Another limit to larval strike kinematics likely arises from the scaling of muscle–spring systems. Smaller muscles produce lower force than larger muscles and smaller springs deform smaller distances than larger springs. If the spring maintains its stiffness across size, the muscle would be challenged to deform the spring at small scales, as a result of the scale dependence of muscle force. If spring stiffness were instead lower in a smaller animal, then the system would have less capacity for elastic energy storage (Rosario, et al., 2016). Additionally, if spring stiffness were invariant with size, then the likelihood of fracture or breakage of the spring would be greater in a smaller structure (Ilton et al., 2018). Smaller organisms might exhibit lower spring stiffness such that the system can be loaded with less risk of failure, yet this ultimately limits stored energy and thus reduces the kinematic output. Further work on the ontogeny of spring stiffness in the mantis shrimp system, as well as other LaMSA mechanisms, will illuminate how small, ultrafast movements have evolved to navigate these muscle–spring tradeoffs.
Adult mantis shrimp LaMSA mechanisms have multiple uses, including prey capture (deVries et al., 2012), prey processing (Crane et al., 2018), and intraspecific or interspecific competition (Caldwell and Dingle, 1976). Adult mantis shrimp vary the kinematics of their strikes depending on the behavioral context (Green et al., 2019). Early work on larval stomatopod morphology and development suggested that the raptorial appendages are used for prey capture (Morgan and Goy, 1987). Given that the appendages are fully developed when larval G. falcatus begin feeding, larvae likely use raptorial appendage strikes for prey capture or prey processing when in the wild, even though our study exclusively examined defensive strikes. Using spring energy to enhance mechanical power output and increase strike speed relative to a muscle-driven strike may enable the larvae to impale prey, rather than pushing the prey further away as a result of fluid boundary layers. Because of the need to mount the animals under a microscope to image these movements, we were unable to film natural feeding strikes and behavior using high-speed imaging. Further investigations of freely moving and feeding animals, coupled with fluid dynamic modeling, are necessary to establish the role of fluid interactions on the ability of these larvae to impact and capture planktonic prey.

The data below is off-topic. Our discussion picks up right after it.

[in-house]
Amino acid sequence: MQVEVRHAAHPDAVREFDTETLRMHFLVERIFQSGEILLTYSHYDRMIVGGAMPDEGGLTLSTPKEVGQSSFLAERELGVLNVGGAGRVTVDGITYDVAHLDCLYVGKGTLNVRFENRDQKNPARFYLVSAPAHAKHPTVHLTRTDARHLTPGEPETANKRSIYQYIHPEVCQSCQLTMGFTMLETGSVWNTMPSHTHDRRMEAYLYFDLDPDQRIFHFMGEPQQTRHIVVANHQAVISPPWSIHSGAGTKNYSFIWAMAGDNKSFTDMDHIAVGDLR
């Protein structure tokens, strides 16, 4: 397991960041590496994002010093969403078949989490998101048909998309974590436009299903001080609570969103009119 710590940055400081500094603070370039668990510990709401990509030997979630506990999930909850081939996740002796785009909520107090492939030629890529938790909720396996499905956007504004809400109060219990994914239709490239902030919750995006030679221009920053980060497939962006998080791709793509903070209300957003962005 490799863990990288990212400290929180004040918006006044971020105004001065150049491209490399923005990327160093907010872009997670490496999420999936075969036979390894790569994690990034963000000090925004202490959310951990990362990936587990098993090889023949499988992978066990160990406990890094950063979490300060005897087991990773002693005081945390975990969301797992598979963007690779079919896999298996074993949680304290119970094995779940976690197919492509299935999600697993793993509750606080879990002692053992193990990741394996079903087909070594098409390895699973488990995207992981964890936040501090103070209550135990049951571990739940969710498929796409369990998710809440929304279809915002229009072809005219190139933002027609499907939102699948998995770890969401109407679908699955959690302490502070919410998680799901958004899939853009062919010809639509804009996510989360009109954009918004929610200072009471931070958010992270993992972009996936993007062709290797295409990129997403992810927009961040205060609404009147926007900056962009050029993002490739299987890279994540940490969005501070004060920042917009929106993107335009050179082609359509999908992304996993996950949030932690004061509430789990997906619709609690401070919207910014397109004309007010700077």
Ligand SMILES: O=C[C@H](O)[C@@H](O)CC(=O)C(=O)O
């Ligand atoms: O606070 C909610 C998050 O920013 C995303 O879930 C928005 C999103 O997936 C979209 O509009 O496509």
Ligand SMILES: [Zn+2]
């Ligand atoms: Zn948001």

While larval strikes have a slower linear speed than the fastest adult mantis shrimp, they are still impressive for a 4 mm long pelagic organism. Larval G. falcatus achieve strike speeds that are 5–10 times faster than the peak swimming speeds of similarly sized organisms, and over 150 times faster than the Artemia nauplii that the larvae fed on in our experiments (Fig. 4; Table S1). At the fourth larval stage, lab-raised G. falcatus fed on Artemia nauplii as well as other larval G. falcatus (J.S.H., personal observation). Although larval G. falcatus do not naturally feed on Artemia, they are able to capture and feed on prey of similar size. Other planktivores, such as larval fish, are often unsuccessful during feeding attempts because of fluid boundary layers (China et al., 2017) or prey escape behavior (Robinson et al., 2019). Based on these comparative data and their Re regime, larval mantis shrimp strikes may be sufficiently fast to capture planktonic prey (Fig. 4). Further research should incorporate additional data on the escape speeds of small pelagic organisms that might exceed the swimming and feeding speeds reported here. For example, copepod rapid escape responses can reach similar speeds to larval mantis shrimp strikes (of the order of 102 mm s−1; Fig. 4; Bradley et al., 2013). In addition, it should be noted that most prior studies on pelagic larval swimming used video frame rates much lower than those used in this study, and therefore may have underestimated the actual swimming speeds at these scales. Adult smashing and spearing mantis shrimp both have wide diets that include hard-shelled and soft-bodied prey, though smashers consume a greater proportion of hard-shelled prey and spearers prefer soft-bodied evasive prey (deVries, 2017). The relationship between mantis shrimp strike kinematics and the swimming speeds of their potential prey is an interesting area for future study.